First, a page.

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  • #16
    Originally posted by Rooble View Post
    Thanks Jordan. Have you tried swing sticks yourself?
    I have them, but I don't use them personally. My swing speed w a 45.5" driver ranges between 118-125 ish depending on the day and how hard I'm going at it. Highest I've ever seen on trackman is 129, so I'm working on other things at the moment.

    Originally posted by Rooble View Post
    Do you think strength training would have an effect on things like fatigue as the swinging the club is less stressful to someone trained? This makes sense to me in theory but then I know some 70+ year old, overweight, undertrained guys who would happily play 36 holes every day, a feat I couldn't manage at half their age.
    I think that while specific data on this topic is sparse, the data from other sports suggests that improving strength and conditioning aid with fatigue, club head speed (max and sustained values), injury risk reduction, etc. I also think there's obviously golf-specific and environmental adaptations that cannot really be trained in the gym.

    In any case, I hope it warms up soon for you!
    Last edited by Jordan Feigenbaum; 03-14-2021, 02:45 PM.
    Barbell Medicine "With you from bench to bedside"
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    • #17
      Originally posted by Jordan Feigenbaum View Post

      See Loenneke et al 2019 for more here. That said, I do think the totality of the book is useful for sports-specific training applications.
      Wow, that was almost a grotesque read .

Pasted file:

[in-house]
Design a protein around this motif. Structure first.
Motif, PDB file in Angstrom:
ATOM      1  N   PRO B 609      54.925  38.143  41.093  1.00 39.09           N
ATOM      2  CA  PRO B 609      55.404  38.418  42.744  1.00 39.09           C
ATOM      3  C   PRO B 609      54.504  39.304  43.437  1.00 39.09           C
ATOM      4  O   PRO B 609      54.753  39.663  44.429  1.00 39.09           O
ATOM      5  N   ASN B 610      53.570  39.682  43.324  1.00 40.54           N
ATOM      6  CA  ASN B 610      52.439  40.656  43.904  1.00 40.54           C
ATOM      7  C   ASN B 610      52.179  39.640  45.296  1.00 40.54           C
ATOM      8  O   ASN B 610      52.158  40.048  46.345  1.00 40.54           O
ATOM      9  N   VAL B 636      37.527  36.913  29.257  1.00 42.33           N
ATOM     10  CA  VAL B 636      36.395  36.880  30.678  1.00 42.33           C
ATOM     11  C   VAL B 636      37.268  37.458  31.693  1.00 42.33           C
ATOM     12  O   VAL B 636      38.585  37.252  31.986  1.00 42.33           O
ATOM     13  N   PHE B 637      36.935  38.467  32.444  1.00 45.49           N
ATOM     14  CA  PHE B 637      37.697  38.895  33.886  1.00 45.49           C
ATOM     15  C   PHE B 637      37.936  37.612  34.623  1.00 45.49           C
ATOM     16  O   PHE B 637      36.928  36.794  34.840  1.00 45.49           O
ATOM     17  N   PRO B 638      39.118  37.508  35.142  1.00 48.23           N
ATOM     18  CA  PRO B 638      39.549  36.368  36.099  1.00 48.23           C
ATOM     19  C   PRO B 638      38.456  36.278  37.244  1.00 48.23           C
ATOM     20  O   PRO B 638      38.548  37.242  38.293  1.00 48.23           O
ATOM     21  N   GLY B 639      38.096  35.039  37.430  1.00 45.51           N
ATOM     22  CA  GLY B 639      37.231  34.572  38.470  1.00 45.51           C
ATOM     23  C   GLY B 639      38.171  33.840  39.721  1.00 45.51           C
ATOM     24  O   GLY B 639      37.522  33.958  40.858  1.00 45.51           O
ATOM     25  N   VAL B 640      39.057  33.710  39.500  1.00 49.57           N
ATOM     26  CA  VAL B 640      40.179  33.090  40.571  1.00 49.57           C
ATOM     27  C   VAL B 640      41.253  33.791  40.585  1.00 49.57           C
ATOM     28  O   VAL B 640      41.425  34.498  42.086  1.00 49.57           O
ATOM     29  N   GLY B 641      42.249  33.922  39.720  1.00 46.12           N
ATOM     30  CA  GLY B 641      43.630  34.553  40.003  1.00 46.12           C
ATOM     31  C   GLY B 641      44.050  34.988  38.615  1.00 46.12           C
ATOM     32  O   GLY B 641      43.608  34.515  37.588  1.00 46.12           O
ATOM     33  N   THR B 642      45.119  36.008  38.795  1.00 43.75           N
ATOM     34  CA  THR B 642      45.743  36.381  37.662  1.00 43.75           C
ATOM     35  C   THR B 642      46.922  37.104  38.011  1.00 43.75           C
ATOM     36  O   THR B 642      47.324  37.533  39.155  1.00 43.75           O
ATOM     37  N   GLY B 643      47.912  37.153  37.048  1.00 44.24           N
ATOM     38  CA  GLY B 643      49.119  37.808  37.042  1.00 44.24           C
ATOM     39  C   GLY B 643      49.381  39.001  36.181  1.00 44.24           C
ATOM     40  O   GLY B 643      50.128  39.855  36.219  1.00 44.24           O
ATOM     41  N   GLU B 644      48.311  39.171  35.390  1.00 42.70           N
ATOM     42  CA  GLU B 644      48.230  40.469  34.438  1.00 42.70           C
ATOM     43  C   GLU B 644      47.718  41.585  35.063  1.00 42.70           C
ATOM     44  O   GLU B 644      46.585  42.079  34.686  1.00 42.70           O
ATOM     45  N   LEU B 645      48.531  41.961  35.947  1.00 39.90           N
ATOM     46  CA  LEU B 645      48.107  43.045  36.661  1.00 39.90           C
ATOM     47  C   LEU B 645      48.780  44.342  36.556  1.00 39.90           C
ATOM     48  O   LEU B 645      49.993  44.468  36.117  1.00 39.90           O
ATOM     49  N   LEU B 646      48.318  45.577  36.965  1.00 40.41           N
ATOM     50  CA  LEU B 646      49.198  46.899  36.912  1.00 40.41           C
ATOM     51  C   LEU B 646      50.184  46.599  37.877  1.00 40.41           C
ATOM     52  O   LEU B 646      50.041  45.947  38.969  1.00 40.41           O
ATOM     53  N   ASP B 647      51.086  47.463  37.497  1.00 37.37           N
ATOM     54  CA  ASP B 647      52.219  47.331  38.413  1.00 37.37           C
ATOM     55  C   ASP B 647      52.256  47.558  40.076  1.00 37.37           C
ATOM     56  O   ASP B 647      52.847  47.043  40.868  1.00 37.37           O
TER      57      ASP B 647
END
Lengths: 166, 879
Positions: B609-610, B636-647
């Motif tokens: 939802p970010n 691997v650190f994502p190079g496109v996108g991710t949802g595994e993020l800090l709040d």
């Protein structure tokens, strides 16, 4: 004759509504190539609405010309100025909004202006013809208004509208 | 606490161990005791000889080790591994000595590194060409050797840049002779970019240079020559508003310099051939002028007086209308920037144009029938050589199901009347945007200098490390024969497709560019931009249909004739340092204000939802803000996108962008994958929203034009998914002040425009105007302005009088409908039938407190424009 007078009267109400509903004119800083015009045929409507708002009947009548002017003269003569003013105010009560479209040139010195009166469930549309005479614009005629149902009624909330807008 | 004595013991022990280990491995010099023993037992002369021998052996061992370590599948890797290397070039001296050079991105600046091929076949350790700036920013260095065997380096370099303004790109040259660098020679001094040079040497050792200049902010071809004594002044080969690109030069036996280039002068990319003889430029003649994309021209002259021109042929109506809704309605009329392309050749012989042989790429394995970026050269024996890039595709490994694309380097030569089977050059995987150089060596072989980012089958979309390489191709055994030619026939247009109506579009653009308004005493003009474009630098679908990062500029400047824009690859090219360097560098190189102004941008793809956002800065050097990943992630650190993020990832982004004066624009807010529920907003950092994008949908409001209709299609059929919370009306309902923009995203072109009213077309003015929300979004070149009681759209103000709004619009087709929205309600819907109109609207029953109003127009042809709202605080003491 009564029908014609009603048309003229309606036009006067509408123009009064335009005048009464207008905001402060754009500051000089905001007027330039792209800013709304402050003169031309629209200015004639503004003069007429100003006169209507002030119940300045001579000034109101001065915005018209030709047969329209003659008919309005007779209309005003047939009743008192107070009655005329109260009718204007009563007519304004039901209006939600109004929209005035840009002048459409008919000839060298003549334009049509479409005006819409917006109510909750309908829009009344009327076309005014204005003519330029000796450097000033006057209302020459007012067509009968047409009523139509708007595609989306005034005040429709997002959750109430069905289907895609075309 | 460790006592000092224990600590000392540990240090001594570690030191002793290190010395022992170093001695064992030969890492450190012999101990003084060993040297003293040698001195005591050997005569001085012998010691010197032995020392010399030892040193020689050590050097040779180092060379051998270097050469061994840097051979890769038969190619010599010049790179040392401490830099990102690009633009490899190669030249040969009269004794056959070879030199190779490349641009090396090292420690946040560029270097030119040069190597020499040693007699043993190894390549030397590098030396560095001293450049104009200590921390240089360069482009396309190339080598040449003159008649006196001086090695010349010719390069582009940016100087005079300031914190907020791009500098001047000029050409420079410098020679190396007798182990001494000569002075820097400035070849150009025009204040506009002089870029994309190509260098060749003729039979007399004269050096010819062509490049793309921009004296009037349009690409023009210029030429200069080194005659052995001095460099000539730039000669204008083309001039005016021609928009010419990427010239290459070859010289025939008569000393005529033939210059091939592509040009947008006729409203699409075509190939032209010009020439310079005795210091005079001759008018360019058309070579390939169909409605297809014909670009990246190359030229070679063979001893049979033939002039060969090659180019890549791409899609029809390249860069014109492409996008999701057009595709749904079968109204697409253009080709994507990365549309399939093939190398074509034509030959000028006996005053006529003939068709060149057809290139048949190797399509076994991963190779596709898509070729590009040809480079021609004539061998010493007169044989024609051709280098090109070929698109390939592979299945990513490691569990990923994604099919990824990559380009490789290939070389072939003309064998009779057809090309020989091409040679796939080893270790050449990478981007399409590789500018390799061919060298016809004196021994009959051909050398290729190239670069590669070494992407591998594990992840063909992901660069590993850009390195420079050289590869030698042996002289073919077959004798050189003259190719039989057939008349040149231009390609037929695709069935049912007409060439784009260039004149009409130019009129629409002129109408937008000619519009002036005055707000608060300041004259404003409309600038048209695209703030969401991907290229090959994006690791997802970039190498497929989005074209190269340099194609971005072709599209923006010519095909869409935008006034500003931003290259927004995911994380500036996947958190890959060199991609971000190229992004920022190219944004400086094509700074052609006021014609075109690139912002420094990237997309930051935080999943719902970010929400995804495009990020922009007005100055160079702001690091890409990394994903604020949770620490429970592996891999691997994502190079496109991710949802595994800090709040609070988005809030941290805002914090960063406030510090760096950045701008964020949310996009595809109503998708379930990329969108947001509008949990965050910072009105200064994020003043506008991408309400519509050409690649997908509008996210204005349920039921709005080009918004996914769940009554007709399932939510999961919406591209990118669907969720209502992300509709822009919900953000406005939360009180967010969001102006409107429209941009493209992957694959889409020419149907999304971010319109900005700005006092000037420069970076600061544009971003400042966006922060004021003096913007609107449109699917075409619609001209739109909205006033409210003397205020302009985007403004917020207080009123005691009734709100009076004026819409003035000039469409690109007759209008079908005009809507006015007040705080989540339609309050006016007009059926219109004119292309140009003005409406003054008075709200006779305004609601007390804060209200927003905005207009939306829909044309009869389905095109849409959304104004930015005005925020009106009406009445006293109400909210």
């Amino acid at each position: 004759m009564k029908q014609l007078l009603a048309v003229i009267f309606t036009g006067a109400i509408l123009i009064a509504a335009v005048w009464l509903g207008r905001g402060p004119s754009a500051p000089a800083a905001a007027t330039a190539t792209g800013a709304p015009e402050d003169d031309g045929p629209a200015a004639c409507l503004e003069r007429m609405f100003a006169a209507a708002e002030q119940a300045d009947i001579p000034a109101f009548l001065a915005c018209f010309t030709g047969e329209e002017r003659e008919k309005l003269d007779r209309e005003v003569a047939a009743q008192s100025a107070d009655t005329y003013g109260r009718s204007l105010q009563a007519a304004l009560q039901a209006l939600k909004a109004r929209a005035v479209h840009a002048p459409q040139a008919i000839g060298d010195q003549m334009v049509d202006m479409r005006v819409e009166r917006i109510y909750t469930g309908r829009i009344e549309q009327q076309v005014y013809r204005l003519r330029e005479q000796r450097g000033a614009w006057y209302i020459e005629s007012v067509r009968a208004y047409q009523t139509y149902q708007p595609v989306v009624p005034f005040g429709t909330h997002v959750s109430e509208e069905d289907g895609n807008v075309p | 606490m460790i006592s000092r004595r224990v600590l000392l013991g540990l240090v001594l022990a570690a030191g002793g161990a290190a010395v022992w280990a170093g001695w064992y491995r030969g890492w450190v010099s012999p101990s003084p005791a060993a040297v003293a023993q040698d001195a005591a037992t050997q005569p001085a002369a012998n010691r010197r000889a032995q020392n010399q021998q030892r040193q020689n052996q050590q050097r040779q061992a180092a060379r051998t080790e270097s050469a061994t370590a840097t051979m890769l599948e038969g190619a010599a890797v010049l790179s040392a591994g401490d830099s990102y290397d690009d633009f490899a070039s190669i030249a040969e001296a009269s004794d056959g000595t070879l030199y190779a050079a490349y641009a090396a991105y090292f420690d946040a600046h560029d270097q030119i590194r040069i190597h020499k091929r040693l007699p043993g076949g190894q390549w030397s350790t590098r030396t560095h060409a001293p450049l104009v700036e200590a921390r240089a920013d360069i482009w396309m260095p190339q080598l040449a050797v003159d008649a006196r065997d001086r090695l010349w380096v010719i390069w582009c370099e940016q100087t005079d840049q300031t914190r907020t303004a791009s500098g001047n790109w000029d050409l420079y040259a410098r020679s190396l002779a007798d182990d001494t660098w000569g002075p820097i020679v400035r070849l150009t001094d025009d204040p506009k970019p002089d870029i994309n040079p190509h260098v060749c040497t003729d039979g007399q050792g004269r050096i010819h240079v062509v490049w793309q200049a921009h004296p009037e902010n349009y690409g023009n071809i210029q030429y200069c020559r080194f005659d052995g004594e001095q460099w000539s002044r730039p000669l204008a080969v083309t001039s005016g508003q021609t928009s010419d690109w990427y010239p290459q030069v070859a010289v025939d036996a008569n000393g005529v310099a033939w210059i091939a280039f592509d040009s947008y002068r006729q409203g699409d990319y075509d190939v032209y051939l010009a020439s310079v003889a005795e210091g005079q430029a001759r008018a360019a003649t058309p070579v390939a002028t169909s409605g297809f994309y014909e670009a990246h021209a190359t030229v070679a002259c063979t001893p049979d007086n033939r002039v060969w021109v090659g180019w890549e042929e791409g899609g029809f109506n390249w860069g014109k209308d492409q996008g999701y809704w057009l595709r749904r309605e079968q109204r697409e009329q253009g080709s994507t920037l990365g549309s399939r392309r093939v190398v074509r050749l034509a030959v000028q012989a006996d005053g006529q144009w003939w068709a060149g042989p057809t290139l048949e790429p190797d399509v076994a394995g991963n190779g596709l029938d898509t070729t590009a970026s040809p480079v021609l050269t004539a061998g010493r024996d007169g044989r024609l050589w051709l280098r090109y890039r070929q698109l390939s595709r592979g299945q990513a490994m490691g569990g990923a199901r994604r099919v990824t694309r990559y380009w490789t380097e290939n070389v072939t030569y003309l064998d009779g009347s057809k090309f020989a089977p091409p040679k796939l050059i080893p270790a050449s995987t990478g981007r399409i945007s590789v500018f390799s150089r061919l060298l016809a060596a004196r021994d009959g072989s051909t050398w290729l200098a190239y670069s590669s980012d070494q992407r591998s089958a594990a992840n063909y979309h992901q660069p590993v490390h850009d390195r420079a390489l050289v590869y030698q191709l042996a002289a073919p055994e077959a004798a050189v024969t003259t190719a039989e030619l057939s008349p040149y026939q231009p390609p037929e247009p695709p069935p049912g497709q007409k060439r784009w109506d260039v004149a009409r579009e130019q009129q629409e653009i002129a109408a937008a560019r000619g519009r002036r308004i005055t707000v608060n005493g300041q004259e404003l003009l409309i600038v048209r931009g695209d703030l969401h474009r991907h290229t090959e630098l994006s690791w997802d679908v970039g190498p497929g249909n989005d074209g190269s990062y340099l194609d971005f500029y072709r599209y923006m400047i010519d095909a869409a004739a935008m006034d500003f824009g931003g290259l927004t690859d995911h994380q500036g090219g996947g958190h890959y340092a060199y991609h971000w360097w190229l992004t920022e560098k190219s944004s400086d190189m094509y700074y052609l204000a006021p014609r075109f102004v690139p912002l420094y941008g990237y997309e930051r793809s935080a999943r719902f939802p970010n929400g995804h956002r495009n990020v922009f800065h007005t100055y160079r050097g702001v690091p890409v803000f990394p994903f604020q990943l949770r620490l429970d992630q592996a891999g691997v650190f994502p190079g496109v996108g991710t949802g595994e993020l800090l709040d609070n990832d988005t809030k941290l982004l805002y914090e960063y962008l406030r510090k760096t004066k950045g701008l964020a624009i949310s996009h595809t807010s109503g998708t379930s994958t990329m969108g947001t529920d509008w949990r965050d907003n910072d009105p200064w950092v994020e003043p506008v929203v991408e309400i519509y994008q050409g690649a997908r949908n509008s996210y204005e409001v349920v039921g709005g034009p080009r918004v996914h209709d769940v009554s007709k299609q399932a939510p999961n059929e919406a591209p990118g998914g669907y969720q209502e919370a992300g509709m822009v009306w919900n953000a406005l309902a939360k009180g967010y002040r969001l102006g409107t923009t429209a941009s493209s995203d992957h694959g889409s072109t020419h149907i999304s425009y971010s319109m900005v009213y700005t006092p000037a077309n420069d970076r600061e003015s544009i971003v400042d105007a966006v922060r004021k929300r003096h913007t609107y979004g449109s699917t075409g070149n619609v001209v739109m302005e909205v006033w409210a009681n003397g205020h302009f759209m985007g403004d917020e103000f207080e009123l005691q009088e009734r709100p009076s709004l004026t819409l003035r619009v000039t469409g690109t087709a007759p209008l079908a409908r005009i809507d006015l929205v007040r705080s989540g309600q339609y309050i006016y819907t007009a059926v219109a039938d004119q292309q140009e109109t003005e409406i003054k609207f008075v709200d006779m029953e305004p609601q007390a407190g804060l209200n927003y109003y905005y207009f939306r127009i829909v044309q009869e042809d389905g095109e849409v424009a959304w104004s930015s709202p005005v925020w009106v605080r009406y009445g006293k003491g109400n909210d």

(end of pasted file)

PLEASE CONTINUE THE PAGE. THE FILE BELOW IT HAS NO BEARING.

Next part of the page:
The notion that muscle growth is neither necessary nor sufficient for exercise induced strength gains seems intuitively correct and is something I know all too well from my own experience. But that it might not even be contributory is too much to wrap my head around and as a physicist who obtained a Ph.D. in the field of theoretical nuclear physics I have been able to wrap my head around very strange concepts before, e.g. like that of a broken symmetry leading to a massless particle which then lends masses to a certain set of elementary particle who otherwise should me massless.

      So, if one day the fact that exercise induced hypertrophy does not contribute to exercise induced strength will be scientifically as well established as the Higgs-mechanism I will follow our nation’s favorite bodybuilder’s advice:

      “... Bodybuilding is a sport you have to learn (…) There is no science crap (…) There is only training, hard work and muscle-mind connection [Markus Rühl, translated from German]

      Just kidding , thanks for the hint!

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      • #18
        It may be that hypertrophy is a natural consequence of the training that produces strength gains in most, but not all, real-world scenarios. Or it may be that the relationship is stronger than what is shown by the existing evidence. Neither of these things may be true as well. In any case, it is interesting to think about!
        Barbell Medicine "With you from bench to bedside"
        ///Website /// Instagram /// Peri™ Rx /// Whey Rx /// Barbell Medicine Podcast/// Newsletter /// Seminars ///

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